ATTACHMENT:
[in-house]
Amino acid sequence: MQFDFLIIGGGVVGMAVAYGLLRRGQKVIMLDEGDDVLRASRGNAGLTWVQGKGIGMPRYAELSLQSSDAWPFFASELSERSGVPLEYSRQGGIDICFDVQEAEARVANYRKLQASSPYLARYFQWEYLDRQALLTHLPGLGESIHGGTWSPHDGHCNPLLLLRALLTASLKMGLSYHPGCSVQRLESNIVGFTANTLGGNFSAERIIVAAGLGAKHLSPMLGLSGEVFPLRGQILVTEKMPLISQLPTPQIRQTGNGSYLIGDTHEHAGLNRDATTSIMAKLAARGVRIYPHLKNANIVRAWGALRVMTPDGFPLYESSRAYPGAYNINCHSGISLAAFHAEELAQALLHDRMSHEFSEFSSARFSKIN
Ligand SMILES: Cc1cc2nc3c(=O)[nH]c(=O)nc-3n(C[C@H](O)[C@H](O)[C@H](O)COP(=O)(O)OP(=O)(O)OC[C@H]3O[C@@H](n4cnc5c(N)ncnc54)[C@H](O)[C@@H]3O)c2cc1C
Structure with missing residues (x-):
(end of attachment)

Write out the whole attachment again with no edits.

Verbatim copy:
[in-house]
Amino acid sequence: MQFDFLIIGGGVVGMAVAYGLLRRGQKVIMLDEGDDVLRASRGNAGLTWVQGKGIGMPRYAELSLQSSDAWPFFASELSERSGVPLEYSRQGGIDICFDVQEAEARVANYRKLQASSPYLARYFQWEYLDRQALLTHLPGLGESIHGGTWSPHDGHCNPLLLLRALLTASLKMGLSYHPGCSVQRLESNIVGFTANTLGGNFSAERIIVAAGLGAKHLSPMLGLSGEVFPLRGQILVTEKMPLISQLPTPQIRQTGNGSYLIGDTHEHAGLNRDATTSIMAKLAARGVRIYPHLKNANIVRAWGALRVMTPDGFPLYESSRAYPGAYNINCHSGISLAAFHAEELAQALLHDRMSHEFSEFSSARFSKIN
Ligand SMILES: Cc1cc2nc3c(=O)[nH]c(=O)nc-3n(C[C@H](O)[C@H](O)[C@H](O)COP(=O)(O)OP(=O)(O)OC[C@H]3O[C@@H](n4cnc5c(N)ncnc54)[C@H](O)[C@@H]3O)c2cc1C
Structure with missing residues (x-):